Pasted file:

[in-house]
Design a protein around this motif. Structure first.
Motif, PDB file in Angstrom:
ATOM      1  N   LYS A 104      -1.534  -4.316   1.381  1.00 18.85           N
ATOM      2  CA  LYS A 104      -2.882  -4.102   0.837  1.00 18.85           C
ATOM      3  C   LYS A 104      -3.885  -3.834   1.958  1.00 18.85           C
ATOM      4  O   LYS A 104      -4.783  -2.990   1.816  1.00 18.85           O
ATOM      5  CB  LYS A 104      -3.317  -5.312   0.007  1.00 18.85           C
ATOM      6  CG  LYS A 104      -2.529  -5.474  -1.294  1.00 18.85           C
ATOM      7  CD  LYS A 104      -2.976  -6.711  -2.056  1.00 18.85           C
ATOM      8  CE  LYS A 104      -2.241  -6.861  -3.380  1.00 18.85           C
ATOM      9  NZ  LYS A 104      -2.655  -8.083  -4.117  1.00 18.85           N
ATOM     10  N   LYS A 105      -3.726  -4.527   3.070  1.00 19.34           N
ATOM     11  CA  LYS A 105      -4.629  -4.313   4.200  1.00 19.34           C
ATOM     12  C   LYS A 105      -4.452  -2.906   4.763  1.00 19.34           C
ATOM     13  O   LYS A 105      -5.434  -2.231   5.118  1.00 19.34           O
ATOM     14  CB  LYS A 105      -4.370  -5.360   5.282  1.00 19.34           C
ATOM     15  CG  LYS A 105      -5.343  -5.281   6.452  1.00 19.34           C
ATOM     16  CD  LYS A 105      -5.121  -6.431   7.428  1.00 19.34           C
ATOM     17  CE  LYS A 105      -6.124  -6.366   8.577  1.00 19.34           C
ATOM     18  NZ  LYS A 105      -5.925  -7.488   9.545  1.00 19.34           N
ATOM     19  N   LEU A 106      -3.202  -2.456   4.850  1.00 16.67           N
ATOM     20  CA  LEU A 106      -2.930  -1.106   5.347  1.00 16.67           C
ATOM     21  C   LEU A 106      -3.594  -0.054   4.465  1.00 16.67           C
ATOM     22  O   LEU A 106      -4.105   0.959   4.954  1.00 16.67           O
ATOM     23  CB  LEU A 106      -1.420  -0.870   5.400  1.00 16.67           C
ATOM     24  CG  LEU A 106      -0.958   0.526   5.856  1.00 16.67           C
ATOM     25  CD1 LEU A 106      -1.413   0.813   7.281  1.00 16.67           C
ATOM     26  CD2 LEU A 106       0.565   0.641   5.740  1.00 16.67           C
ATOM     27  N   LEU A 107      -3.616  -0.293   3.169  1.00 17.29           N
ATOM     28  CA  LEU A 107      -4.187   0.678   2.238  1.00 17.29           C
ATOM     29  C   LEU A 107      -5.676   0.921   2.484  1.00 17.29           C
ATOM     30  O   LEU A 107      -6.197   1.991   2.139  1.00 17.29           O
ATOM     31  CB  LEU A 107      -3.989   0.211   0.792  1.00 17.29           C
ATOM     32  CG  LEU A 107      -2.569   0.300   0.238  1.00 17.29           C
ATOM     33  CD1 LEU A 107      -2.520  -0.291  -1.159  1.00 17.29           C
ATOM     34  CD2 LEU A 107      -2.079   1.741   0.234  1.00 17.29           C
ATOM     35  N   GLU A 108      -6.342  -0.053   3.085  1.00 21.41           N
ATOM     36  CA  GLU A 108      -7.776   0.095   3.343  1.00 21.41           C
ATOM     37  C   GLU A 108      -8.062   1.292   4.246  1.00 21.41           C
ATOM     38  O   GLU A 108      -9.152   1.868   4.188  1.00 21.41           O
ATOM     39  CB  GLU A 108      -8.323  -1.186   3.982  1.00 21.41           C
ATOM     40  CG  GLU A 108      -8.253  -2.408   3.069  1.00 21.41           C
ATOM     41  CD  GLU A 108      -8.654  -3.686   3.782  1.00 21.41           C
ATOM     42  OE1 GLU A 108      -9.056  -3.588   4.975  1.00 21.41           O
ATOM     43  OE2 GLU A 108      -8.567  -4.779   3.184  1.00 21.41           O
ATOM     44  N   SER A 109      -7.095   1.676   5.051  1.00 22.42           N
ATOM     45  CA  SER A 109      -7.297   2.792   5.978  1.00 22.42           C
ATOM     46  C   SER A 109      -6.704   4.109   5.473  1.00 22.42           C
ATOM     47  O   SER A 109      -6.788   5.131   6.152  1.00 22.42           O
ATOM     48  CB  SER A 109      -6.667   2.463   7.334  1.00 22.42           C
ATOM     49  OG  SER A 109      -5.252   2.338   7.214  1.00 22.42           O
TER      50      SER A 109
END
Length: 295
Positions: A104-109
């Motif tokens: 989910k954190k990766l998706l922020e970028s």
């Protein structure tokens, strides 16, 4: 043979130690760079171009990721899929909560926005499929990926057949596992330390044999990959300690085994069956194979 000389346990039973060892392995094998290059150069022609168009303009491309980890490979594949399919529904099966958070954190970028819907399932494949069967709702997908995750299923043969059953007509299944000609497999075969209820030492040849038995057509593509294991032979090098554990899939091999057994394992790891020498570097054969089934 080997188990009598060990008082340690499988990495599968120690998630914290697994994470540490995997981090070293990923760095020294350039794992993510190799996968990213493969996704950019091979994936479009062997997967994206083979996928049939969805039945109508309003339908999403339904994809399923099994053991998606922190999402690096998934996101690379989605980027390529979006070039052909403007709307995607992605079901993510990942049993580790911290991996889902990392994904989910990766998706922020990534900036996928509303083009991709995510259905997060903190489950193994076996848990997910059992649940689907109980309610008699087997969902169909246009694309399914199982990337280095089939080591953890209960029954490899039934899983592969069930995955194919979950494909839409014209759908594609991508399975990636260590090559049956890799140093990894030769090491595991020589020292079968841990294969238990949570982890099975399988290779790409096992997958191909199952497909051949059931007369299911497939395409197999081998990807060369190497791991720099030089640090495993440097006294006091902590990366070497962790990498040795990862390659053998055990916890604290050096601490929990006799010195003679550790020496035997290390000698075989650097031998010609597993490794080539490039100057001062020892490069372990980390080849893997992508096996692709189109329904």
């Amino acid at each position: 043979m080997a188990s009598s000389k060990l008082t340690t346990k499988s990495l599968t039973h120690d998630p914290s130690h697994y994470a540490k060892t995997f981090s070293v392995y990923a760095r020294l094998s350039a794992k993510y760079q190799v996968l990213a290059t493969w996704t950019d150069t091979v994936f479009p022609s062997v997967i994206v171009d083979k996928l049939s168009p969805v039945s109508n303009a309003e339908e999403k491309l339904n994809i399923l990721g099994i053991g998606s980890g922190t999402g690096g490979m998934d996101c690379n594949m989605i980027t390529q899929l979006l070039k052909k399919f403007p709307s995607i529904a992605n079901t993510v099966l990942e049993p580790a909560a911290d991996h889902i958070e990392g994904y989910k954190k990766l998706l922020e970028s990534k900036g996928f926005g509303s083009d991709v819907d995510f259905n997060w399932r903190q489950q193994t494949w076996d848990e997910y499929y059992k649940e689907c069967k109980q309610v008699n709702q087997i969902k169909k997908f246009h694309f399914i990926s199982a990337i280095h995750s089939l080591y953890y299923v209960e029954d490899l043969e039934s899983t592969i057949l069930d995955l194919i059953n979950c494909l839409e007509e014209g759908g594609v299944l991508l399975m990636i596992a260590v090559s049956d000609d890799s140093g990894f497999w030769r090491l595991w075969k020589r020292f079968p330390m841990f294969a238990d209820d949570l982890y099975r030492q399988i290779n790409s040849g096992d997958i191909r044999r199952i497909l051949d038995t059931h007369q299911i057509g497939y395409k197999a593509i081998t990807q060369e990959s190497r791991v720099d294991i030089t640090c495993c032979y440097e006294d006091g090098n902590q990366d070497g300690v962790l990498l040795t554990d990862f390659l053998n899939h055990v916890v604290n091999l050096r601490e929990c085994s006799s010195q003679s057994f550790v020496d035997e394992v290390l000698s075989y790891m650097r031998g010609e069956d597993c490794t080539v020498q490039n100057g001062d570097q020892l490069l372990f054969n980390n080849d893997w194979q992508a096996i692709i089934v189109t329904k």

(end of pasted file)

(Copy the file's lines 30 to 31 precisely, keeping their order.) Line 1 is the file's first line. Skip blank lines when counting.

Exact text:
ATOM     27  N   LEU A 107      -3.616  -0.293   3.169  1.00 17.29           N
ATOM     28  CA  LEU A 107      -4.187   0.678   2.238  1.00 17.29           C